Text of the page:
”The King’s Road” Traveling to the end of Grand Trunk Road

When driving from the capital city of Islamabad to Peshawar, you might be asked “Will you take the motorway? Or the GT Road?”

This GT Road refers to the “Grand Trunk Road” the main road of the ancient Mughal Empire or “The King’s Road” Of course, it looks just like any other modern asphalt road, but it has a deep history.

In the first place, “The King’s Road” = Grand Trunk Road is an extensive network created by the Afghan dynasty Sher Shah Suri who, in the 16th Century, took power after the Mughal Empire and set about improving the roads. During the brief reign of the Suri Empire, the road from Agra to his hometown Bihar (India) was first completed. Then eastward to what is now Bangladesh, the road to Sonargaon was made. And westward to Multan, which is now Pakistan. The Mughal Empire returned and the whole Empire was expanded from the current port of Chittagong (or Chattogram), Bangladesh to the east, across the Khyber Pass to Kabul, Afghanistan, and developed into a vast Mughal Empire.

This “King’s Road” was rebuilt during the British India era. The British launched three invasion towards Afghanistan but failed to colonize it. This section from Calcutta to Peshwar, ending just before Afghanistan, was given the name “Grand Trunk Road” and it remains so to this day.
There are still remnants of the glory days of the prospering “Grand Trunk Road” that have been retained in small pockets.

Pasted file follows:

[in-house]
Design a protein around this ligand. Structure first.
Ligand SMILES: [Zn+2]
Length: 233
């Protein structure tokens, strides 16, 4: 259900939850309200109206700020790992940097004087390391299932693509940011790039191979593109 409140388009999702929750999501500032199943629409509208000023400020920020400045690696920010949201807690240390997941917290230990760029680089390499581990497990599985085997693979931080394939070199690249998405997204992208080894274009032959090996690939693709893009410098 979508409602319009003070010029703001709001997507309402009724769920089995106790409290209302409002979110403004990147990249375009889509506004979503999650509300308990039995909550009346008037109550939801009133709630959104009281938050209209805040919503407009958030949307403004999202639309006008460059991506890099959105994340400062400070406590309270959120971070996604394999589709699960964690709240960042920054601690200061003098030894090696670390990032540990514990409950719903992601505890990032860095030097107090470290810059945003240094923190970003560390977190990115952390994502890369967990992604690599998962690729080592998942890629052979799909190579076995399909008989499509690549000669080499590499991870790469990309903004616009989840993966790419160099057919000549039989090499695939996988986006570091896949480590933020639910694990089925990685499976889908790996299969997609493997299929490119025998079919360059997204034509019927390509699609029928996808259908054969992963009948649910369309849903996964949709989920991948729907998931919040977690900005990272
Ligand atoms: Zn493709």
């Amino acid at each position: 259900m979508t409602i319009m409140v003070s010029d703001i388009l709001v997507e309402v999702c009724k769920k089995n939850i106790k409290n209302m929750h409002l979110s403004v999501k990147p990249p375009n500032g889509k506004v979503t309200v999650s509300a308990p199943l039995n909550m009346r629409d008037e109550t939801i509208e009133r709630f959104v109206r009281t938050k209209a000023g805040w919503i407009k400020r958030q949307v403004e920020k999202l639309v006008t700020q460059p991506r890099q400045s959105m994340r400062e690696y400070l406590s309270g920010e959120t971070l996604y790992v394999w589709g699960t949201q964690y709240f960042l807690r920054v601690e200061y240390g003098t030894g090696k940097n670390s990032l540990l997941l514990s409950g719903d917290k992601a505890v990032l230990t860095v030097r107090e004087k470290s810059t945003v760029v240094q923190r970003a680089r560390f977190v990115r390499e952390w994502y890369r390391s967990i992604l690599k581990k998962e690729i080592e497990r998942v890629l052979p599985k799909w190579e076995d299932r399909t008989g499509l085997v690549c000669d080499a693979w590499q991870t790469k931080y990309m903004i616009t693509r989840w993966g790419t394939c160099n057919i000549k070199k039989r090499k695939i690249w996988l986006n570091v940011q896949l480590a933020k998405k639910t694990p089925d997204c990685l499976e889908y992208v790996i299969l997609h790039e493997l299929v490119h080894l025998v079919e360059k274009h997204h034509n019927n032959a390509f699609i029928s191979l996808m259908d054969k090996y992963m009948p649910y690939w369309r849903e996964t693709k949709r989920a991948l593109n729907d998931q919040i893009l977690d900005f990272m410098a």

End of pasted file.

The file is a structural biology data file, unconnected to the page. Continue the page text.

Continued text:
Mughal Era Cobblestone Road

On the outskirts of Islamabad, there remains a cobblestone road from the Mughal Empire’s Grand Trunk Road. It can be found just beside the more modern GT Roads. The cobblestone road has the traces of wear by carriage wheels that travelled over it for so many years.

Lahore Fort (a UNESCO World Heritage Site)

The ancient capital of the Mughal Empire, Lahore. Since then, many buildings have been built on top of the original castle that remains since the Mughal era. This is a photo of the main gate at night, Alamgiri Gate. The Shah Jahan period was when the gorgeous additions were made with the famous Sheesh Mahal “Palace of Mirrors” reminiscent of the prosperous times of the Mughal Empire.

Rohtas Fort (a UNESCO World Heritage Site)

Built by Sher Shah Suri, sitting above the Grand Trunk Road. The Rohtas Fort was built by Sher Shah Suri to protect the strategic road from Peshawar to Lahore.

Caravan Serai

In the old bazaar of Peshawar, remains the caravan serai  which was a place for travelers to rest from their long journey. It was during the old days, that many merchants traveled through here and supported the vast Mughal Empire, and afterwards in colonial times as well. The Peshawar would have been a thriving place with products from all over Central Asia and India.

Khyber Gate

When traveling from Peshawar to Khyber Pass this is the monument and gate that stands at the entrance. On one side of the road is Jamrud Fort, a fort built by Sikhs who invaded an old fort and rebuilt it in 1823. In front of Khyber Pass, which connects between Central and South Asia, you can see the history of the battles that took place between various ethnic groups. After you cross the Khyber Pass, the Torkham boarder and the Grand Trunk Road continues into Afghanistan to the west.

Babur’s Tomb